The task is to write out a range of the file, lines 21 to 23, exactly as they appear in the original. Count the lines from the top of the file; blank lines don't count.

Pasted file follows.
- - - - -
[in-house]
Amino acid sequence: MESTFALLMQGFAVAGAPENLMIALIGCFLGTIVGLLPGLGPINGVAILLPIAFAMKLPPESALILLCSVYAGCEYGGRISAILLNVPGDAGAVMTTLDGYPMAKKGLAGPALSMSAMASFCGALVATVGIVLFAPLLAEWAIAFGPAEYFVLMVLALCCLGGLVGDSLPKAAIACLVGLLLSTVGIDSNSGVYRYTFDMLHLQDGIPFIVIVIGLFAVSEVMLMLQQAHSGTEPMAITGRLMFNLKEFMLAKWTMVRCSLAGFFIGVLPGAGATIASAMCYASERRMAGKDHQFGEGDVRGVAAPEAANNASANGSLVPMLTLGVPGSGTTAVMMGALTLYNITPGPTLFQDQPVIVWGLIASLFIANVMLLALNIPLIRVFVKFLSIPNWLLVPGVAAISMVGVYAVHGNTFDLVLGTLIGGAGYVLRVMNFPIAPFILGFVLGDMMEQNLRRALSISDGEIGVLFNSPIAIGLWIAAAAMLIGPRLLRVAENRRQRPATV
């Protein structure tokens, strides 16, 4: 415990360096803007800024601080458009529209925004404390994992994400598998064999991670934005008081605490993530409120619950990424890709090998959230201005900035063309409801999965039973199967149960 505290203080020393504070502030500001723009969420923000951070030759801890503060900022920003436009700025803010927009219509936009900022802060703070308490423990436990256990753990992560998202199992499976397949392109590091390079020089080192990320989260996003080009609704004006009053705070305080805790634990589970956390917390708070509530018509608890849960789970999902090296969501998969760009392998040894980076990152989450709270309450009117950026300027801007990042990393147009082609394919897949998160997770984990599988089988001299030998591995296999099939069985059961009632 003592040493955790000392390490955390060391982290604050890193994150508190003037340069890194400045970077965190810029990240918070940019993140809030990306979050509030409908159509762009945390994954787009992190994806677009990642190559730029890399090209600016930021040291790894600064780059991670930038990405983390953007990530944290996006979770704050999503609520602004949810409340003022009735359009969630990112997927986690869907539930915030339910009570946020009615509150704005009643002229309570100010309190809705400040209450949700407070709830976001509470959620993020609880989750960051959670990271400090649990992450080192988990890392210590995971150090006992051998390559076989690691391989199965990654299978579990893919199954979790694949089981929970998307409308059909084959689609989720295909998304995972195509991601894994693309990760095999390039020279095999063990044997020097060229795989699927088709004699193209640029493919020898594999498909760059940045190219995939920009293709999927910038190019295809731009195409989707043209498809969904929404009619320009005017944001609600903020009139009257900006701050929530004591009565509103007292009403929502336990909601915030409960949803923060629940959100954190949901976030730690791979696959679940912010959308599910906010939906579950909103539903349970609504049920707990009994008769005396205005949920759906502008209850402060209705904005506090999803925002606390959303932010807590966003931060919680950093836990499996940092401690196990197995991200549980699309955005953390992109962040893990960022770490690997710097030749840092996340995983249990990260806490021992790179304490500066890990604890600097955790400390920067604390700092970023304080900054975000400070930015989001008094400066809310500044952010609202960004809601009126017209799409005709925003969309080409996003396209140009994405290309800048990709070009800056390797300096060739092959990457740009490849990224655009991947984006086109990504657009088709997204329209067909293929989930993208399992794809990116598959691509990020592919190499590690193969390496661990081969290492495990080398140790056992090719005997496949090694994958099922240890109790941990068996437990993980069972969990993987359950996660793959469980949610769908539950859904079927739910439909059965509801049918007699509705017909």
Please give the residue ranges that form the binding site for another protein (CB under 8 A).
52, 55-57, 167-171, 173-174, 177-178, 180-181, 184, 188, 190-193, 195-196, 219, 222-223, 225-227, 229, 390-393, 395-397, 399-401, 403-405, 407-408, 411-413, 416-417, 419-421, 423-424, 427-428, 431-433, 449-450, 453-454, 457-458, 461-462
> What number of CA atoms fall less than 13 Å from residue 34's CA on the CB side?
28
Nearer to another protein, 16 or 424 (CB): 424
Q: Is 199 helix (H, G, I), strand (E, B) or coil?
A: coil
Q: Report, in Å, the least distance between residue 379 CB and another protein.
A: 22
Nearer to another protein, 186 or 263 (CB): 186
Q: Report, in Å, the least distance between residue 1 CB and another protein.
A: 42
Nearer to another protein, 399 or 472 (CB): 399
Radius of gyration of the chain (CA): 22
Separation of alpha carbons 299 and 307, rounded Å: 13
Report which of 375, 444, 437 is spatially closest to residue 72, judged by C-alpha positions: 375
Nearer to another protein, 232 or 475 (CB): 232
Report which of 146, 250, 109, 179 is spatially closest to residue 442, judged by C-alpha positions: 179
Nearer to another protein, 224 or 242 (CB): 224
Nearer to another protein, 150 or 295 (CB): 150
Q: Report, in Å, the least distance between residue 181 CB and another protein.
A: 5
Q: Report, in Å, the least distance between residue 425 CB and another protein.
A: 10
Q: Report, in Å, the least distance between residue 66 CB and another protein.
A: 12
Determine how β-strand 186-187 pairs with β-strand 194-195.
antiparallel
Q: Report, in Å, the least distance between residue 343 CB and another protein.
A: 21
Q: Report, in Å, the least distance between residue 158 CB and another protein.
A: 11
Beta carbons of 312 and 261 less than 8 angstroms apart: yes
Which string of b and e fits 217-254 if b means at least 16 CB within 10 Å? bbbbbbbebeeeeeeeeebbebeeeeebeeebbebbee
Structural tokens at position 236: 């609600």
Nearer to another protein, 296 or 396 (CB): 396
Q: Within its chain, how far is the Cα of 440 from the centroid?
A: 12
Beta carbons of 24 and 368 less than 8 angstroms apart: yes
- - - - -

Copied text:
Report which of 146, 250, 109, 179 is spatially closest to residue 442, judged by C-alpha positions: 179
Nearer to another protein, 224 or 242 (CB): 224
Nearer to another protein, 150 or 295 (CB): 150